The Shoe Box
The editors of Poetry magazine have paired the following prose quotations from City Dog: Essays by W.S. Di Piero with this poem:
The voices of my world were not tender and unquestioning. Conversations, especially among members of my mother’s family, were choleric eruptions. If by some accident a rational argument occurred, defeat was registered not by words of acknowledgment but by a sardonic, defiant sneer.... Anger, impatience, and dismissive ridicule of the unfamiliar were the most familiar moods. Everyone around me, it seemed, spoke in the brittle, pugnacious tones I still hear when my own voice comes snarling out of its vinegary corner.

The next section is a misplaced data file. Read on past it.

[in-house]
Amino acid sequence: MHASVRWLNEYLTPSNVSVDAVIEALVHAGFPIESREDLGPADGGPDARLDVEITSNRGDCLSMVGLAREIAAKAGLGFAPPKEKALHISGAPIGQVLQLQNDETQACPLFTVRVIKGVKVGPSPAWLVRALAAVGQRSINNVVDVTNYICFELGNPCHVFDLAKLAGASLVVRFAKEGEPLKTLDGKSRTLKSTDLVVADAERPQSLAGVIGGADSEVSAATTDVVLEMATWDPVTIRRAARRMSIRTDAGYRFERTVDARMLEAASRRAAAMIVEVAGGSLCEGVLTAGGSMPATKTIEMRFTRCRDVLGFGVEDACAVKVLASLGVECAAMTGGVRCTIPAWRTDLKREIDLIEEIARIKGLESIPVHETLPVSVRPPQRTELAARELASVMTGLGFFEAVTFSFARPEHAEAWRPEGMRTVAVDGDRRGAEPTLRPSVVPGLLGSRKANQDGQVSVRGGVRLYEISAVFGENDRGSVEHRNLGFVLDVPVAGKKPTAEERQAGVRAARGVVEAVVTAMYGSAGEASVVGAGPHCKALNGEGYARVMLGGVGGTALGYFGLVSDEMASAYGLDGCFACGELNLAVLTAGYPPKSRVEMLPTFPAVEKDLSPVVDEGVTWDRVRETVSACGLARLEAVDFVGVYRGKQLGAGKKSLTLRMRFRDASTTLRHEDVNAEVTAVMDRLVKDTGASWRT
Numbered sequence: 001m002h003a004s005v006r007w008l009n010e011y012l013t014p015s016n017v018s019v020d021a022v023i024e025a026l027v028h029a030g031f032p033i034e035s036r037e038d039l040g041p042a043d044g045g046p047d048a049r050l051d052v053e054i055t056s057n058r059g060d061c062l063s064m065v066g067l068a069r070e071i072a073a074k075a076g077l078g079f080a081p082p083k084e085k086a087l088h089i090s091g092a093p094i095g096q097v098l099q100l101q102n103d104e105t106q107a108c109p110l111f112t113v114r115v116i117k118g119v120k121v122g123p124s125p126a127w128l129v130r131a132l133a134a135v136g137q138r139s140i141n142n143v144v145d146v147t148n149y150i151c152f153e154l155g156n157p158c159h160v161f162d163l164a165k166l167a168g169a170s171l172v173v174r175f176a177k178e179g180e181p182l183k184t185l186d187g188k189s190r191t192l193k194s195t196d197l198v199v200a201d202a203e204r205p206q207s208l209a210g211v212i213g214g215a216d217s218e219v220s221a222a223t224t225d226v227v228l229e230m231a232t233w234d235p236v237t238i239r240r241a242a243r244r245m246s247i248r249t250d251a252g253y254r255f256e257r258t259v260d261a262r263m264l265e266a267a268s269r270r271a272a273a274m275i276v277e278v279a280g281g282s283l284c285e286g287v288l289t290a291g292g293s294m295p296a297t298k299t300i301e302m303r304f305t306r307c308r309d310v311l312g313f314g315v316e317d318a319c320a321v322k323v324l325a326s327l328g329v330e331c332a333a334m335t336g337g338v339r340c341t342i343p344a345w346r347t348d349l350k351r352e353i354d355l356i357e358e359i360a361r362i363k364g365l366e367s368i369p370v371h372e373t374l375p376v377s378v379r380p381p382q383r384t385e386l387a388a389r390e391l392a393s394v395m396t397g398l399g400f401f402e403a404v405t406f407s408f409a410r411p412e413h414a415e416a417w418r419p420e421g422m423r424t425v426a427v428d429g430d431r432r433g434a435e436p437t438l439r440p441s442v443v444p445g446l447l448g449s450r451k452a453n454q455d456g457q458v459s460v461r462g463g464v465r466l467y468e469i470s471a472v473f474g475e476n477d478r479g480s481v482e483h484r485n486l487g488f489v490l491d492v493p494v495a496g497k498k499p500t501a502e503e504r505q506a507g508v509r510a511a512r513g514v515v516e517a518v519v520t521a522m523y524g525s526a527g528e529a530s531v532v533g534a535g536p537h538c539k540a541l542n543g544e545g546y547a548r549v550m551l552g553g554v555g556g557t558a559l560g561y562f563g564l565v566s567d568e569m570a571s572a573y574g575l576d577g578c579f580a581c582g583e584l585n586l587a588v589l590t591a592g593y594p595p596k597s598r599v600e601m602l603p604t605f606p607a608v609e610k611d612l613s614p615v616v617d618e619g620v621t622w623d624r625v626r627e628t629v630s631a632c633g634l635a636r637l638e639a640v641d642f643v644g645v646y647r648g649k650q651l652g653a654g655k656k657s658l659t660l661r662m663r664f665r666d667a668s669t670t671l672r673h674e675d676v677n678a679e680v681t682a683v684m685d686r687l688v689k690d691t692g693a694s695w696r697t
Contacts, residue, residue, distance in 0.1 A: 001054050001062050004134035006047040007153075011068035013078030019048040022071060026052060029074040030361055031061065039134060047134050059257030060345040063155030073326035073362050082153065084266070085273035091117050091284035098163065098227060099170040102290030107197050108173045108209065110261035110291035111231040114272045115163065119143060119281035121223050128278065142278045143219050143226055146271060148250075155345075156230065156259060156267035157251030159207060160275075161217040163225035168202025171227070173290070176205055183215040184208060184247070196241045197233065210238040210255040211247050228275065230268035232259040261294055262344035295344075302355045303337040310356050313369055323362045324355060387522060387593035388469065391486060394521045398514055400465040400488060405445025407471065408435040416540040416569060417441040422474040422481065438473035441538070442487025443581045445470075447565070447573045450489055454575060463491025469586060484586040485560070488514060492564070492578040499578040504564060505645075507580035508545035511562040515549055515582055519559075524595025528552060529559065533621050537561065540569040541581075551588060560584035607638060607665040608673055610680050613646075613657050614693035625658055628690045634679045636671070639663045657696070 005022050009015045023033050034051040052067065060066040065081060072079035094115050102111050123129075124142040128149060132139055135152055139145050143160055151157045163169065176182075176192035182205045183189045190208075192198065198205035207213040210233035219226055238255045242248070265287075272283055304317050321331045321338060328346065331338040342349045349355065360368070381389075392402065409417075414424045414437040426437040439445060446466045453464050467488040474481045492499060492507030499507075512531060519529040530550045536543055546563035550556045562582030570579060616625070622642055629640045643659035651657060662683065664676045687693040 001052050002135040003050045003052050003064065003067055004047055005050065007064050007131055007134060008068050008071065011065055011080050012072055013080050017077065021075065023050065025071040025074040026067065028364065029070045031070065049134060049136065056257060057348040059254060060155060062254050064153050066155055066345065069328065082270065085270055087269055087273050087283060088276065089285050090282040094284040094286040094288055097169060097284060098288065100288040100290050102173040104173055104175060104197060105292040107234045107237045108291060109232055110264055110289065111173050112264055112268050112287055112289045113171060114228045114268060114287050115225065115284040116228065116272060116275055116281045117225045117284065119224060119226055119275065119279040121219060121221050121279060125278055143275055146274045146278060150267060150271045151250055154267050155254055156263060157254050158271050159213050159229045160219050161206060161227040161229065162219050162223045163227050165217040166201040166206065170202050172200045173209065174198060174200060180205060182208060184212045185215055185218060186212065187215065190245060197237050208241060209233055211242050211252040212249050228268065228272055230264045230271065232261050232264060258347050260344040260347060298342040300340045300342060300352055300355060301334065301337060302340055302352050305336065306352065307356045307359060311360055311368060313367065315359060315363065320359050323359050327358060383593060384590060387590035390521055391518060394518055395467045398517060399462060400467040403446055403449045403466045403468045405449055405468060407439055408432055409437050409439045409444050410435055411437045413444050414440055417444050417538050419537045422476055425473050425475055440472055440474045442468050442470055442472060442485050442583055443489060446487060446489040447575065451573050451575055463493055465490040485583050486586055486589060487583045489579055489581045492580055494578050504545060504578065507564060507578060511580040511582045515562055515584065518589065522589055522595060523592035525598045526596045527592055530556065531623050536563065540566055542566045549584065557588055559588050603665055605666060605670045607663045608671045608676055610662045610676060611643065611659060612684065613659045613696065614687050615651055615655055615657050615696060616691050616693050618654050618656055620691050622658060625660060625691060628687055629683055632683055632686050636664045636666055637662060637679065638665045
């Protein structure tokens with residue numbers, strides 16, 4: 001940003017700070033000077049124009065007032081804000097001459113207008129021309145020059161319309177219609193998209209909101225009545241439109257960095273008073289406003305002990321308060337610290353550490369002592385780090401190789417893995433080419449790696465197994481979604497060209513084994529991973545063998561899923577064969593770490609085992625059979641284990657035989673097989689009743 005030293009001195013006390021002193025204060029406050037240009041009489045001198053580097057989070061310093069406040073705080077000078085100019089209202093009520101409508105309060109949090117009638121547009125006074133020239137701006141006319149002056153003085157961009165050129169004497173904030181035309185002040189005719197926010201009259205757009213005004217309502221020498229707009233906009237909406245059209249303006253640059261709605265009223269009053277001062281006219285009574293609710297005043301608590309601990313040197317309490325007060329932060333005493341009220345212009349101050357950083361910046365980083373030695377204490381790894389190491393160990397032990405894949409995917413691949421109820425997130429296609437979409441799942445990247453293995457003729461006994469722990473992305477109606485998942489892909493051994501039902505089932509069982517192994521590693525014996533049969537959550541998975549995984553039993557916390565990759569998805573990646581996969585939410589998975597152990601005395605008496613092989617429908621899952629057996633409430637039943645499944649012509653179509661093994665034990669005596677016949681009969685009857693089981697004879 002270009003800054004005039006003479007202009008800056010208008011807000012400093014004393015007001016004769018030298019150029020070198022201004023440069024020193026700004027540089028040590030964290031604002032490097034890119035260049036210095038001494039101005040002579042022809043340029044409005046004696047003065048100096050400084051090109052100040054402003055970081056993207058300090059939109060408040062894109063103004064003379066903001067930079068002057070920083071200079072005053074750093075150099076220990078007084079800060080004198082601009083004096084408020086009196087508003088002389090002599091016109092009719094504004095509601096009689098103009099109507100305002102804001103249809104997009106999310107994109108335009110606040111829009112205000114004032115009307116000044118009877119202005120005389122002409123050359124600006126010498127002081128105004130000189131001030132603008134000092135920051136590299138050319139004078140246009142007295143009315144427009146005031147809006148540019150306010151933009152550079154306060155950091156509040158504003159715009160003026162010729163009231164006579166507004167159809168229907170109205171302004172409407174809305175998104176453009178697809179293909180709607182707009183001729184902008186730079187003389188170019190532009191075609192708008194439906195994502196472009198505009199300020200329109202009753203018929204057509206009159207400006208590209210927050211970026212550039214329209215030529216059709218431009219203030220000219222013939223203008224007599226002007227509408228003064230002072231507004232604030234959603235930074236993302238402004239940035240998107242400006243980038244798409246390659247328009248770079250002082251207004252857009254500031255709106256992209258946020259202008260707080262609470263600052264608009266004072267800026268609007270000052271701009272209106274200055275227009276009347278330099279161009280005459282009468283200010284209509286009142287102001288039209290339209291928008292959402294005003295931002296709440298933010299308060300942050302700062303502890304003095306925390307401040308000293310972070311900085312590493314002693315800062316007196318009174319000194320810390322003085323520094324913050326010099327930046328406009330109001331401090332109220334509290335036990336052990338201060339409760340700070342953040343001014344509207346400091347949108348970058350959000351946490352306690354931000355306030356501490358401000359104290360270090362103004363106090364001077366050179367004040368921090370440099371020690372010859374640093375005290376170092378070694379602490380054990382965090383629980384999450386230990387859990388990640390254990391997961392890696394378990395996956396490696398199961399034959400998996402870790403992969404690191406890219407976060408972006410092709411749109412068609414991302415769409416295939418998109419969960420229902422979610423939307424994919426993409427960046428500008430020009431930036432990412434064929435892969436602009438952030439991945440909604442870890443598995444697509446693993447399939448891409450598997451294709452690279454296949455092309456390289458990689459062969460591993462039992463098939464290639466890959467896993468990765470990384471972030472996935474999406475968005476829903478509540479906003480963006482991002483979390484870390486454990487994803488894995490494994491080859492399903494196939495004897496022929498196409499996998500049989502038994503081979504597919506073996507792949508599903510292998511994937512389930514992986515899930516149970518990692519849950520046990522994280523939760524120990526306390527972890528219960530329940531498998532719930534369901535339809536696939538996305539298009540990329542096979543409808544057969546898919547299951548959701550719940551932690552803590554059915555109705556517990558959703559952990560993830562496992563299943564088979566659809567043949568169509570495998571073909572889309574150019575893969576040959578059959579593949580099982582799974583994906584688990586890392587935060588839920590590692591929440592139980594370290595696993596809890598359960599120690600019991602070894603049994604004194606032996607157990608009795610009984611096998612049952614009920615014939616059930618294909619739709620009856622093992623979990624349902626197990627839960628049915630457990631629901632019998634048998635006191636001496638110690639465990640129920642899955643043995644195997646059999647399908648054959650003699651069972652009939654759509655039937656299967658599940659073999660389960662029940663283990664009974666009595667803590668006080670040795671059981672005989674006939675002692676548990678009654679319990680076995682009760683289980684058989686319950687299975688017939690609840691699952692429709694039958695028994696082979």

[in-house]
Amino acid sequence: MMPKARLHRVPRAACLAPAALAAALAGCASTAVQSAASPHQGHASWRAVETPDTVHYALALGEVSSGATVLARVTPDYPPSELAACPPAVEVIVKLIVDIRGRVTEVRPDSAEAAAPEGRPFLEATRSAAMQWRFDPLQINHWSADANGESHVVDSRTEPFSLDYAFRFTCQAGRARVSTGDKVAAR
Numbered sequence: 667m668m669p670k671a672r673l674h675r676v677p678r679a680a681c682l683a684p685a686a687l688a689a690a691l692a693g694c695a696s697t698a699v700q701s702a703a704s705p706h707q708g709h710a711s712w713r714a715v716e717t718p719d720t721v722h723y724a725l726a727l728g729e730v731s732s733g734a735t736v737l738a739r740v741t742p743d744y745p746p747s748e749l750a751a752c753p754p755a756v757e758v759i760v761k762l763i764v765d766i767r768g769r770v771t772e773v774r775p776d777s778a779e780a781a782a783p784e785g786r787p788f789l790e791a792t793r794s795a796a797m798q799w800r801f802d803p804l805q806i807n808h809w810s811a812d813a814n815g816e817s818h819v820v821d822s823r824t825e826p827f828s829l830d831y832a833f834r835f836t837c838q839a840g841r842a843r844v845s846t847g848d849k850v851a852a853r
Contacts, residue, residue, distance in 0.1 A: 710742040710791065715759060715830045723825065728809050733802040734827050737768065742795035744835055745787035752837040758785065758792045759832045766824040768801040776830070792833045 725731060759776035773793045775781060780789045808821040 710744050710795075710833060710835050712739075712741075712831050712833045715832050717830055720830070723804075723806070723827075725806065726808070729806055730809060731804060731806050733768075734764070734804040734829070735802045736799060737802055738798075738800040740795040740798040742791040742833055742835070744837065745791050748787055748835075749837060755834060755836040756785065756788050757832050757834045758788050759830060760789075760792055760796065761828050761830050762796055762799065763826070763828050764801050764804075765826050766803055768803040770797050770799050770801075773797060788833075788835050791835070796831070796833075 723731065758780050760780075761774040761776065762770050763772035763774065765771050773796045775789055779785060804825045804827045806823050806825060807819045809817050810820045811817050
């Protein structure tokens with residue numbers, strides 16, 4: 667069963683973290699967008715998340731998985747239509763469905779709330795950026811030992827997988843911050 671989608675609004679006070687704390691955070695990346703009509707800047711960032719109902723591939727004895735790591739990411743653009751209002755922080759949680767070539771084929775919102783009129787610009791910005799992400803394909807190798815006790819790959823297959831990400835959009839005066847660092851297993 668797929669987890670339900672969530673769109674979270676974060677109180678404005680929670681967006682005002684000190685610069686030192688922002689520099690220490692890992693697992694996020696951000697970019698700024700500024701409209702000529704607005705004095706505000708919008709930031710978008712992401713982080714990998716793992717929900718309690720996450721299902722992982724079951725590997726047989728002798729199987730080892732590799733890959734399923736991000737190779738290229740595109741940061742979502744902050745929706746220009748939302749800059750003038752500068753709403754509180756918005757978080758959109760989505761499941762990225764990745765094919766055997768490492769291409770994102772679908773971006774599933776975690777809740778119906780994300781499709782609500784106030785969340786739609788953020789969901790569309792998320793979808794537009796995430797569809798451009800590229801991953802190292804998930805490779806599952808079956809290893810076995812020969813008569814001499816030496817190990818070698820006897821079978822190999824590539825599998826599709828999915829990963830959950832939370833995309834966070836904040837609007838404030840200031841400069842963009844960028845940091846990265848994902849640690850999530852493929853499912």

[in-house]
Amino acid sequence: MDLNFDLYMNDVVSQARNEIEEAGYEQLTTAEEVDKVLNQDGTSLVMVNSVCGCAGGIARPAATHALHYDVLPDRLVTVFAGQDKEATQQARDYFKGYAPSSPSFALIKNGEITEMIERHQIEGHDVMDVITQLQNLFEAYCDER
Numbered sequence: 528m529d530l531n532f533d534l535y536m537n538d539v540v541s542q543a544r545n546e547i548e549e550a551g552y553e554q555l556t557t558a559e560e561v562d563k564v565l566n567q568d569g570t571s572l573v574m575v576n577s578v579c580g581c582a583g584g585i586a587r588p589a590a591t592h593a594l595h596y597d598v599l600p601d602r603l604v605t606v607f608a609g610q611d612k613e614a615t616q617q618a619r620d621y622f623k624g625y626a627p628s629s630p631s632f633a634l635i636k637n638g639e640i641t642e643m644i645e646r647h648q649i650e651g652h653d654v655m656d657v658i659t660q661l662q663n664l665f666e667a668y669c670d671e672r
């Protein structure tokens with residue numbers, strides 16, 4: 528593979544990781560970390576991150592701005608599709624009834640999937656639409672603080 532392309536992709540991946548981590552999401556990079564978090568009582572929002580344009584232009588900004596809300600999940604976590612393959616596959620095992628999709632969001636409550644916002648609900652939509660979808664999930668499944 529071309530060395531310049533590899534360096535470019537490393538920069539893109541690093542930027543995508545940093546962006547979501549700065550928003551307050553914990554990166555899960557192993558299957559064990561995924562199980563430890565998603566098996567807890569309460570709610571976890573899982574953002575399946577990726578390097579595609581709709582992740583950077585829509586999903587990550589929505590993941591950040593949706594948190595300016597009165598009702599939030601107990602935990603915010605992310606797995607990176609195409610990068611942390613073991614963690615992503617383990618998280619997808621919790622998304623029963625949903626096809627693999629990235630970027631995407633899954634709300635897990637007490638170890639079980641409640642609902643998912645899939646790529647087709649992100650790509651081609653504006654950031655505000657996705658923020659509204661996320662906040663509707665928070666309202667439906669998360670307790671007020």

I hardly ever heard anyone in my family or neighborhood say they were angry with (or fond of) so-and-so. It was instead an aimless but earnest wrathfulness or rapture, theatrical and purposeless, a kind of roving sparkiness going off constantly in the universe at large, for it took in God and all His angels and His saints. My people always seemed to be picking a fight with circumstance, with the very fact of circumstance, and in the absence of specific aggravating circumstance the cosmos would do. I didn’t know how peculiar this was until I left it behind and found outside my culture a broader and more pliable medium for moral feeling. Nor did I realize how deeply its music had settled in my heart until I heard in the poetry I came to write that same extremity of unease and rage at circumstance.